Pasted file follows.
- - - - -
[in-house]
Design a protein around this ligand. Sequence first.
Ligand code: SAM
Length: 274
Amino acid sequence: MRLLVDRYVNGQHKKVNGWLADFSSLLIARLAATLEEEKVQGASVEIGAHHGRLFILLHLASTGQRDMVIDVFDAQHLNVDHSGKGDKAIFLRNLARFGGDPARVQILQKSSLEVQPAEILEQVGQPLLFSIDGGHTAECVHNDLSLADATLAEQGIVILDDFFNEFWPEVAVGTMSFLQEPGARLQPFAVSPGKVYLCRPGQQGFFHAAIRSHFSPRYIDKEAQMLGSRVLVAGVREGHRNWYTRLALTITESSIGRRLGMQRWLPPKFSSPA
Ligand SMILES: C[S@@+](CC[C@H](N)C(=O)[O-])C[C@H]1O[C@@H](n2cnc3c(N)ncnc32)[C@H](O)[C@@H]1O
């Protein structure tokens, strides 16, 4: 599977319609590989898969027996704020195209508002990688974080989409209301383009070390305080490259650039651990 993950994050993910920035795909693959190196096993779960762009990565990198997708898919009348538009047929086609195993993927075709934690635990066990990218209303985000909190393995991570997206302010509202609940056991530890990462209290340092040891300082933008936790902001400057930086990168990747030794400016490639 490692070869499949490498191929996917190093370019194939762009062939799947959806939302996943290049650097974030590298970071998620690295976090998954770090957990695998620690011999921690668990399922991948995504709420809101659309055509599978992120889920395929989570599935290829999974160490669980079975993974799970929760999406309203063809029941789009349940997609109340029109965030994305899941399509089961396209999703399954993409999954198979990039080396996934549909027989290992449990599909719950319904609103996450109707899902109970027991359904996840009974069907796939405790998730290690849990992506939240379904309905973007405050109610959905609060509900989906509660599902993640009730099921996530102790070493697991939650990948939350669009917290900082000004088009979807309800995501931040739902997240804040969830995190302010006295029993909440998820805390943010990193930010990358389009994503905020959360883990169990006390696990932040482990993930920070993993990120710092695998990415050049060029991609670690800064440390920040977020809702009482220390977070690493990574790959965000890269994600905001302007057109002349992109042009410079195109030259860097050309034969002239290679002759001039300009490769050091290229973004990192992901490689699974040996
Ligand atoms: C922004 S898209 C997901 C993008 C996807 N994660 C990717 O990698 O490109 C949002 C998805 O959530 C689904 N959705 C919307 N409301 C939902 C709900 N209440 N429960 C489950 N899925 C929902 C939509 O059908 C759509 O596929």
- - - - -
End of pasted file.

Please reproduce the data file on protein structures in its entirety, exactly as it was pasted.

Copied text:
[in-house]
Design a protein around this ligand. Sequence first.
Ligand code: SAM
Length: 274
Amino acid sequence: MRLLVDRYVNGQHKKVNGWLADFSSLLIARLAATLEEEKVQGASVEIGAHHGRLFILLHLASTGQRDMVIDVFDAQHLNVDHSGKGDKAIFLRNLARFGGDPARVQILQKSSLEVQPAEILEQVGQPLLFSIDGGHTAECVHNDLSLADATLAEQGIVILDDFFNEFWPEVAVGTMSFLQEPGARLQPFAVSPGKVYLCRPGQQGFFHAAIRSHFSPRYIDKEAQMLGSRVLVAGVREGHRNWYTRLALTITESSIGRRLGMQRWLPPKFSSPA
Ligand SMILES: C[S@@+](CC[C@H](N)C(=O)[O-])C[C@H]1O[C@@H](n2cnc3c(N)ncnc32)[C@H](O)[C@@H]1O
């Protein structure tokens, strides 16, 4: 599977319609590989898969027996704020195209508002990688974080989409209301383009070390305080490259650039651990 993950994050993910920035795909693959190196096993779960762009990565990198997708898919009348538009047929086609195993993927075709934690635990066990990218209303985000909190393995991570997206302010509202609940056991530890990462209290340092040891300082933008936790902001400057930086990168990747030794400016490639 490692070869499949490498191929996917190093370019194939762009062939799947959806939302996943290049650097974030590298970071998620690295976090998954770090957990695998620690011999921690668990399922991948995504709420809101659309055509599978992120889920395929989570599935290829999974160490669980079975993974799970929760999406309203063809029941789009349940997609109340029109965030994305899941399509089961396209999703399954993409999954198979990039080396996934549909027989290992449990599909719950319904609103996450109707899902109970027991359904996840009974069907796939405790998730290690849990992506939240379904309905973007405050109610959905609060509900989906509660599902993640009730099921996530102790070493697991939650990948939350669009917290900082000004088009979807309800995501931040739902997240804040969830995190302010006295029993909440998820805390943010990193930010990358389009994503905020959360883990169990006390696990932040482990993930920070993993990120710092695998990415050049060029991609670690800064440390920040977020809702009482220390977070690493990574790959965000890269994600905001302007057109002349992109042009410079195109030259860097050309034969002239290679002759001039300009490769050091290229973004990192992901490689699974040996
Ligand atoms: C922004 S898209 C997901 C993008 C996807 N994660 C990717 O990698 O490109 C949002 C998805 O959530 C689904 N959705 C919307 N409301 C939902 C709900 N209440 N429960 C489950 N899925 C929902 C939509 O059908 C759509 O596929």